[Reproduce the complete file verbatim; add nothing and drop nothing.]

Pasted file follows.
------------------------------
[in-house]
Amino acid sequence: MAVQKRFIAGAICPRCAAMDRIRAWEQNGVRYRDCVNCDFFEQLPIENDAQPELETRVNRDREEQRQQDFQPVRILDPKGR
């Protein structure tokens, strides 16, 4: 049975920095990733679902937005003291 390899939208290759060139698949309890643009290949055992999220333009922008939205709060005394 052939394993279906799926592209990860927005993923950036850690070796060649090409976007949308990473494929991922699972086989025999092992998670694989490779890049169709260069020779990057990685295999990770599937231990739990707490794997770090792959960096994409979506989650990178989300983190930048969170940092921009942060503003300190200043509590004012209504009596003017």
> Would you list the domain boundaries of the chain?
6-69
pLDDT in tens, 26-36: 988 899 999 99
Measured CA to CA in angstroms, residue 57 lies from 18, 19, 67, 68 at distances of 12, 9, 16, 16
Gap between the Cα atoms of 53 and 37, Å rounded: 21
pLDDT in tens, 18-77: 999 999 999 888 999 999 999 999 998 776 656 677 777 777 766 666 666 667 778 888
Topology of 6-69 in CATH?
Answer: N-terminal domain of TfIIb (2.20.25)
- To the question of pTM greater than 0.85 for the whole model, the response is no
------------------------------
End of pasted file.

[in-house]
Amino acid sequence: MAVQKRFIAGAICPRCAAMDRIRAWEQNGVRYRDCVNCDFFEQLPIENDAQPELETRVNRDREEQRQQDFQPVRILDPKGR
């Protein structure tokens, strides 16, 4: 049975920095990733679902937005003291 390899939208290759060139698949309890643009290949055992999220333009922008939205709060005394 052939394993279906799926592209990860927005993923950036850690070796060649090409976007949308990473494929991922699972086989025999092992998670694989490779890049169709260069020779990057990685295999990770599937231990739990707490794997770090792959960096994409979506989650990178989300983190930048969170940092921009942060503003300190200043509590004012209504009596003017």
> Would you list the domain boundaries of the chain?
6-69
pLDDT in tens, 26-36: 988 899 999 99
Measured CA to CA in angstroms, residue 57 lies from 18, 19, 67, 68 at distances of 12, 9, 16, 16
Gap between the Cα atoms of 53 and 37, Å rounded: 21
pLDDT in tens, 18-77: 999 999 999 888 999 999 999 999 998 776 656 677 777 777 766 666 666 667 778 888
Topology of 6-69 in CATH?
Answer: N-terminal domain of TfIIb (2.20.25)
- To the question of pTM greater than 0.85 for the whole model, the response is no